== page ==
singing into darkness by Joy McCall and Liam Wilkinson
A collection of responsive tanka and ryuka triptychs.
price £11 INCLUDING postage (UK & US mailing address)
price £14 INCLUDING postage (EUROPE & CANADA mailing address)
price £17 INCLUDING postage (OTHER mailing address)
Okay. The “mostly quiet and hermit-like scribbler of small poems” from South Yorkshire and the hedgerow, woods and river witch of Norwich have teamed up. I’m ready. I’ve met these two before. This will be good, I think, opening their new book, singing into darkness, totally unprepared to be stunned! This is synergy at its best, when the sum of the whole is greater than its parts. This is no mere mingling of two fine voices, this is a whole new song sung by a whole new and single voice. One that will leave you half-drunk as if on acorn coffee and red wine.
—Larry Kimmel, editor of Winfred Press and co-editor of the cherita: your storybook journal
The poet Marianne Moore said poetry is not just speech but rather an attempt to listen and respond. Herein lies the beauty of Joy McCall and Liam Wilkinson’s singing into darkness. Something magical occurs. Their poetic collaboration renders poetry all the more inclusive and true. Here are poems that deserve to be read and re-read. singing into darkness is a gem of a book to be grateful for.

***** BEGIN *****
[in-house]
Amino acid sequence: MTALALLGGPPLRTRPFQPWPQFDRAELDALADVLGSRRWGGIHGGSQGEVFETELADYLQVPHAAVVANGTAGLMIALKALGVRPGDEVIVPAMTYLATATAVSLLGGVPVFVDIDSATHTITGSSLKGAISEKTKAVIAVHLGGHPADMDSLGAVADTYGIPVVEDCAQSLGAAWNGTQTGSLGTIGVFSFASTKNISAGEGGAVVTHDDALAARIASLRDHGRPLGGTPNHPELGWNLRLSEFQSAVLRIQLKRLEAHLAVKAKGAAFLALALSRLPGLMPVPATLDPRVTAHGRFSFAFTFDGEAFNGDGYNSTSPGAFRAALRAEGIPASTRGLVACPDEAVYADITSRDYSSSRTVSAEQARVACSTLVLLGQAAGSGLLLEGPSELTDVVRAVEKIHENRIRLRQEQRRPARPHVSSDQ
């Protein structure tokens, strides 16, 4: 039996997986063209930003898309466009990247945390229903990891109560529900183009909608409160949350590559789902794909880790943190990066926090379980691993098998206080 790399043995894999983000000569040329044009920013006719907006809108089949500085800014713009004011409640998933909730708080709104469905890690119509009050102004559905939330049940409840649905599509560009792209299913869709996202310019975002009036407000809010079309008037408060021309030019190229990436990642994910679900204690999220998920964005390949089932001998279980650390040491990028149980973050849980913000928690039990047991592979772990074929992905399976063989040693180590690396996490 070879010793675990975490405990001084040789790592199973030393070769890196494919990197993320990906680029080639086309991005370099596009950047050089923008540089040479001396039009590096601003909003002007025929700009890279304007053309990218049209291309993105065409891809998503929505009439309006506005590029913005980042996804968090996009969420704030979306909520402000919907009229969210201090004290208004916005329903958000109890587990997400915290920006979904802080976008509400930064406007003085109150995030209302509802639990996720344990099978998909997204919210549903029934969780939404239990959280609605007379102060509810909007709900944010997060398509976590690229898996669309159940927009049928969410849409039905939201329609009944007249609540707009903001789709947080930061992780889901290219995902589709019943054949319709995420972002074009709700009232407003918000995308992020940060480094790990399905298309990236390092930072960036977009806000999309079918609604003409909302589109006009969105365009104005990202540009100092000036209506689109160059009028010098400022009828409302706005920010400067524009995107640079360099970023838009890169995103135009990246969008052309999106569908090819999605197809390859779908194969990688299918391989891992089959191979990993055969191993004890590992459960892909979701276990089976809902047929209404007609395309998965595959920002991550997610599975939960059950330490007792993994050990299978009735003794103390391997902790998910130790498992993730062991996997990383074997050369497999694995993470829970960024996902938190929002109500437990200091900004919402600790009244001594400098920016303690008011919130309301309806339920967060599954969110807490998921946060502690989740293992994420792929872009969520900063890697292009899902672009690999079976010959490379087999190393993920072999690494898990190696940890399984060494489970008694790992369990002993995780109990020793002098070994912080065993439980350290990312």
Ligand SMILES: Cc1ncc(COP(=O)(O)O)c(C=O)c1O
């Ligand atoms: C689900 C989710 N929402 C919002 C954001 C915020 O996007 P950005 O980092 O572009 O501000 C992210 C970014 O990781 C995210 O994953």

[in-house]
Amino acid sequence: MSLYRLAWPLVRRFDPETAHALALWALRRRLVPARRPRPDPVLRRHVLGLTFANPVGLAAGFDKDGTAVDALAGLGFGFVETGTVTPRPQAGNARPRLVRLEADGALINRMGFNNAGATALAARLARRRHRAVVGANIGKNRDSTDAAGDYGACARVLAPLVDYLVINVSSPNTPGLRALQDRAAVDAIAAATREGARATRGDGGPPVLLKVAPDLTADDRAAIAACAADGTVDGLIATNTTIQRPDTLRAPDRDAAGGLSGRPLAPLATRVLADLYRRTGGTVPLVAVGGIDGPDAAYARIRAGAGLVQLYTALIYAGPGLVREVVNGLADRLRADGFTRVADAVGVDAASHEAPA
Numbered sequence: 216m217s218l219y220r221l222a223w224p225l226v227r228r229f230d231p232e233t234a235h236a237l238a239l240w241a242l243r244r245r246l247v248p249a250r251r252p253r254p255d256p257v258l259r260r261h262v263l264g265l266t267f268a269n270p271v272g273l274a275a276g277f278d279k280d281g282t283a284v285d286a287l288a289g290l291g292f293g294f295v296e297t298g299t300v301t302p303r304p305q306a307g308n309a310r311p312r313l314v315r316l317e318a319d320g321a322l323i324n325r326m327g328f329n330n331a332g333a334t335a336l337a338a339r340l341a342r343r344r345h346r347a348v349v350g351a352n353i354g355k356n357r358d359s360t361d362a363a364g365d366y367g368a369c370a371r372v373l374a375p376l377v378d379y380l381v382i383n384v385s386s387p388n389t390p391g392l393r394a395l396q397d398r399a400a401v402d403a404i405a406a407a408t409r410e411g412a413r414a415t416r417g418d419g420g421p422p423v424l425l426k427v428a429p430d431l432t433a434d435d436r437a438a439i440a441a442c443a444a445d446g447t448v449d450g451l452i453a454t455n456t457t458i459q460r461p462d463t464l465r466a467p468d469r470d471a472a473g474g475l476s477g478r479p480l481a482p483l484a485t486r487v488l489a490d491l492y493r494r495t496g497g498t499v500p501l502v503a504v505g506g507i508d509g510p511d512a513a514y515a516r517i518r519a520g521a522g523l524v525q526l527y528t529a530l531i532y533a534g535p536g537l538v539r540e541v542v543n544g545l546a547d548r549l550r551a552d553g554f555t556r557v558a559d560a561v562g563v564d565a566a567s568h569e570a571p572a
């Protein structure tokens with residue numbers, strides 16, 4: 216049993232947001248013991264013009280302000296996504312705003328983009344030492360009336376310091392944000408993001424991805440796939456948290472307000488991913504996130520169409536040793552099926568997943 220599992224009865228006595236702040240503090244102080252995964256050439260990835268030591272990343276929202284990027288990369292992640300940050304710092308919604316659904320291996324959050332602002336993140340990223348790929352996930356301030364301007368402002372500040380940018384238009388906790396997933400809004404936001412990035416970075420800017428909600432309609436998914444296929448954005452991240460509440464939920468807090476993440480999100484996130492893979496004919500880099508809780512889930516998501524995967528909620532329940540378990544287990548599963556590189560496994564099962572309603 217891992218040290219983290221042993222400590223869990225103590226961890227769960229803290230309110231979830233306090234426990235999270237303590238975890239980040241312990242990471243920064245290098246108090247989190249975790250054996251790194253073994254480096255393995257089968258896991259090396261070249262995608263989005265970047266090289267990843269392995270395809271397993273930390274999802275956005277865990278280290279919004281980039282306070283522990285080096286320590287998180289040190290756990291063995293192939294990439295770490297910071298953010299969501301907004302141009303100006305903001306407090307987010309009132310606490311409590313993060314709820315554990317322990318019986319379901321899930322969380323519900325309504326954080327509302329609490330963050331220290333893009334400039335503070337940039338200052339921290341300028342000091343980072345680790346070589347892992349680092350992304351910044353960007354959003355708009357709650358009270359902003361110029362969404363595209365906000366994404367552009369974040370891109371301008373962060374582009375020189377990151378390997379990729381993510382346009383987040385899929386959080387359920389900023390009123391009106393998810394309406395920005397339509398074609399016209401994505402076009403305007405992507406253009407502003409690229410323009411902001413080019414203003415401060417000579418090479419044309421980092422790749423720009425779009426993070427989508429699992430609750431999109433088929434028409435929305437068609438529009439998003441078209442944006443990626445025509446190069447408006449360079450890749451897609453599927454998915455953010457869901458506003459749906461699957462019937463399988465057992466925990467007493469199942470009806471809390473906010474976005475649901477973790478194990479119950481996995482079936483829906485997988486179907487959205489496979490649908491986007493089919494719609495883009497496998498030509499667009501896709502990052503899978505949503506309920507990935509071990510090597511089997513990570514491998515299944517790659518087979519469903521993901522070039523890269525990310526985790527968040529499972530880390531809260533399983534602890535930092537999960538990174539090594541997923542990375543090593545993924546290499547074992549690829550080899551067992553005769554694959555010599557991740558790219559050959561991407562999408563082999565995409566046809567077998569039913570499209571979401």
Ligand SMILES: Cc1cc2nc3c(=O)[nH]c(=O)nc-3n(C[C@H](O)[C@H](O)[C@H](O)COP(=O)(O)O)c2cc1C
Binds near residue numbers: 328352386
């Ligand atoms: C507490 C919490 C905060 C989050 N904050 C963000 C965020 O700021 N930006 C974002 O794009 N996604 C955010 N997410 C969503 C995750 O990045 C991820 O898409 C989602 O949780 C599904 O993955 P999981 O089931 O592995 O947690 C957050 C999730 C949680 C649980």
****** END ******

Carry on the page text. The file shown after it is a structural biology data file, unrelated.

—Lynda Monahan, author of A Slow Dance in the Flames, What My Body Knows and Verge.
It was my pleasure to introduce Liam Wilkinson and Joy McCall to each other. Both English, both steeped in the localness of their lives, yet with souls open to other worlds both material and spiritual, they have become regular correspondents. Quite often I have found their responsive sequences of tanka or ryuka in my mailbox, sometimes formally submitted for publication, and sometimes just because that’s the way poets talk. Now they have compiled a book of tanka and ryuka and published them so that anyone with an open heart and willing ear can eavesdrop upon these most intimate of conversations. If you are a stranger, settle in comfortably because they have tales to tell you. If you are a friend, you already know you are welcome.”
—M. Kei, editor of Atlas Poetica: A Journal of World Tanka